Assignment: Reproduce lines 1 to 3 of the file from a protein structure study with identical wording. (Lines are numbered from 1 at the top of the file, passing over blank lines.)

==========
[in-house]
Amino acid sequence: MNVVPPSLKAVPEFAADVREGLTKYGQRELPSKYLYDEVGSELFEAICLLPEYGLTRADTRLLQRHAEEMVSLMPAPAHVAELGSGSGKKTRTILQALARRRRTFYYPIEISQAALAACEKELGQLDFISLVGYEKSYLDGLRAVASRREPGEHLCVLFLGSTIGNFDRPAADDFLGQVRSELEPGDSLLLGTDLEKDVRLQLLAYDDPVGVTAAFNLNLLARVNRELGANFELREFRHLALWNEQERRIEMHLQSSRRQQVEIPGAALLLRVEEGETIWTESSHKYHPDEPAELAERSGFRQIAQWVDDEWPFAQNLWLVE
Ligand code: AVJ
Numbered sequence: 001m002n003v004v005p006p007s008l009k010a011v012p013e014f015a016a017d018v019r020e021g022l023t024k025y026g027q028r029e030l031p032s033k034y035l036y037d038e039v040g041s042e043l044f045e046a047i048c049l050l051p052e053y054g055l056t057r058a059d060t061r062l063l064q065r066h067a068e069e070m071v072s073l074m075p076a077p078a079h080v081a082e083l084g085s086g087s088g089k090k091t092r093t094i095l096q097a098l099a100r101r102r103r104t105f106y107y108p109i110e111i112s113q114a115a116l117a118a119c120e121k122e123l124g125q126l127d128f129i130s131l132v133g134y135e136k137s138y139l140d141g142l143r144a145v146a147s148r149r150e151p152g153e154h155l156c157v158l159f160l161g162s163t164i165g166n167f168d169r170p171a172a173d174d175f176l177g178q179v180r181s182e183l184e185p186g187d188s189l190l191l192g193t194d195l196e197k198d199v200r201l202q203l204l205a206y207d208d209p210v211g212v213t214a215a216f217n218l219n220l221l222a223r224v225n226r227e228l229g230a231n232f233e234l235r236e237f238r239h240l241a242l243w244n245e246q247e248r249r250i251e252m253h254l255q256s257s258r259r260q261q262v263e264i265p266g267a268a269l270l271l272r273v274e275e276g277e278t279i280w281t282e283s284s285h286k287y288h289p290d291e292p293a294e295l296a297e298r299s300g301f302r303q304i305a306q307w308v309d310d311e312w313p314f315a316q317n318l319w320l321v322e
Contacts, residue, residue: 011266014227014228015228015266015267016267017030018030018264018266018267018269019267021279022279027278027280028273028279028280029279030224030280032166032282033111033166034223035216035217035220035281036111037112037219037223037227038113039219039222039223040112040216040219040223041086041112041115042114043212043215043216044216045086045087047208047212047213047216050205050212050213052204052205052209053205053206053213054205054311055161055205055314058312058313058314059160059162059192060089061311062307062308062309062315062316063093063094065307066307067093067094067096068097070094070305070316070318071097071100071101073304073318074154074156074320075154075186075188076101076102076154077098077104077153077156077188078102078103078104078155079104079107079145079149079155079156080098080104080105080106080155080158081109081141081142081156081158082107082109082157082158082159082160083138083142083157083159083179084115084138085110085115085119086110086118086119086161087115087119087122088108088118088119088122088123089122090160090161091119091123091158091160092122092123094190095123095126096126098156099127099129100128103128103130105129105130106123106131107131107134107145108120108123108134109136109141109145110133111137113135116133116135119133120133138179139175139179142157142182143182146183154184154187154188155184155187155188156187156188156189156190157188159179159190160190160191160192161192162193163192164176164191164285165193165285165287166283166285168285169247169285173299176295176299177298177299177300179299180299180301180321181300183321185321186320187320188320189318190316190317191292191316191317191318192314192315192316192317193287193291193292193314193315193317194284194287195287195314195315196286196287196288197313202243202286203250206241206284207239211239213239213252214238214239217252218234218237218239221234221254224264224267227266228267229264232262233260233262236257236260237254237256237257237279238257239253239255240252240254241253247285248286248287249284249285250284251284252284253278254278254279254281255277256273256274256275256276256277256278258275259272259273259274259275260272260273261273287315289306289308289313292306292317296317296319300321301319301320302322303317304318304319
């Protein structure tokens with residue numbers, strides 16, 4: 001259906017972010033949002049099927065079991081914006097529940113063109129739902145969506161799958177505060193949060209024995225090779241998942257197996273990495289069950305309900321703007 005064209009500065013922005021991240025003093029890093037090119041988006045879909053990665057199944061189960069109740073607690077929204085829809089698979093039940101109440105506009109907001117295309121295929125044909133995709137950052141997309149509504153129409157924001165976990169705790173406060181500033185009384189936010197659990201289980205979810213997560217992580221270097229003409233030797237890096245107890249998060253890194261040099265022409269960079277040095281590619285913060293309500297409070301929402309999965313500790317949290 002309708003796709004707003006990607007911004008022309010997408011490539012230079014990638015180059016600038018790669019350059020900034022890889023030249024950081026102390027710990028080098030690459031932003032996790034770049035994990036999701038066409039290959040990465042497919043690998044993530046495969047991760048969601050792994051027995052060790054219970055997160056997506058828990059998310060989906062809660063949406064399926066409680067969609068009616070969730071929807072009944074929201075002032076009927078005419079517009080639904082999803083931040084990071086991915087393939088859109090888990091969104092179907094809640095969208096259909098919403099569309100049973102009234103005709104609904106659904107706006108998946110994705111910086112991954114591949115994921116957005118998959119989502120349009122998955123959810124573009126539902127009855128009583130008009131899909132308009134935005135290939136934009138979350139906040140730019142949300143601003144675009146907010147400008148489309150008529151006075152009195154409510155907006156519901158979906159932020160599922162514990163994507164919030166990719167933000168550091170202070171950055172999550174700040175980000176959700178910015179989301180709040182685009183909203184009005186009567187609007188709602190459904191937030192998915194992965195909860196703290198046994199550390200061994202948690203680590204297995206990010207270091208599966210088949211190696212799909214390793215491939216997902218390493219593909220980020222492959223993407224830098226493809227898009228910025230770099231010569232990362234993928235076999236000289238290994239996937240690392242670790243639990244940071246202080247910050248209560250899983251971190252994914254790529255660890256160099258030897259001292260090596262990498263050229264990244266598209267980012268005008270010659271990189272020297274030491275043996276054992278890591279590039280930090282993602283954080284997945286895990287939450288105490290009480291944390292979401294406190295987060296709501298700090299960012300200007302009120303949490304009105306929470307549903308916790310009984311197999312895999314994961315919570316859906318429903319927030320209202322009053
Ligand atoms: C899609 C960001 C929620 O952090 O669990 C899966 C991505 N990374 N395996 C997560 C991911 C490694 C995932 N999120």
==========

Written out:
[in-house]
Amino acid sequence: MNVVPPSLKAVPEFAADVREGLTKYGQRELPSKYLYDEVGSELFEAICLLPEYGLTRADTRLLQRHAEEMVSLMPAPAHVAELGSGSGKKTRTILQALARRRRTFYYPIEISQAALAACEKELGQLDFISLVGYEKSYLDGLRAVASRREPGEHLCVLFLGSTIGNFDRPAADDFLGQVRSELEPGDSLLLGTDLEKDVRLQLLAYDDPVGVTAAFNLNLLARVNRELGANFELREFRHLALWNEQERRIEMHLQSSRRQQVEIPGAALLLRVEEGETIWTESSHKYHPDEPAELAERSGFRQIAQWVDDEWPFAQNLWLVE
Ligand code: AVJ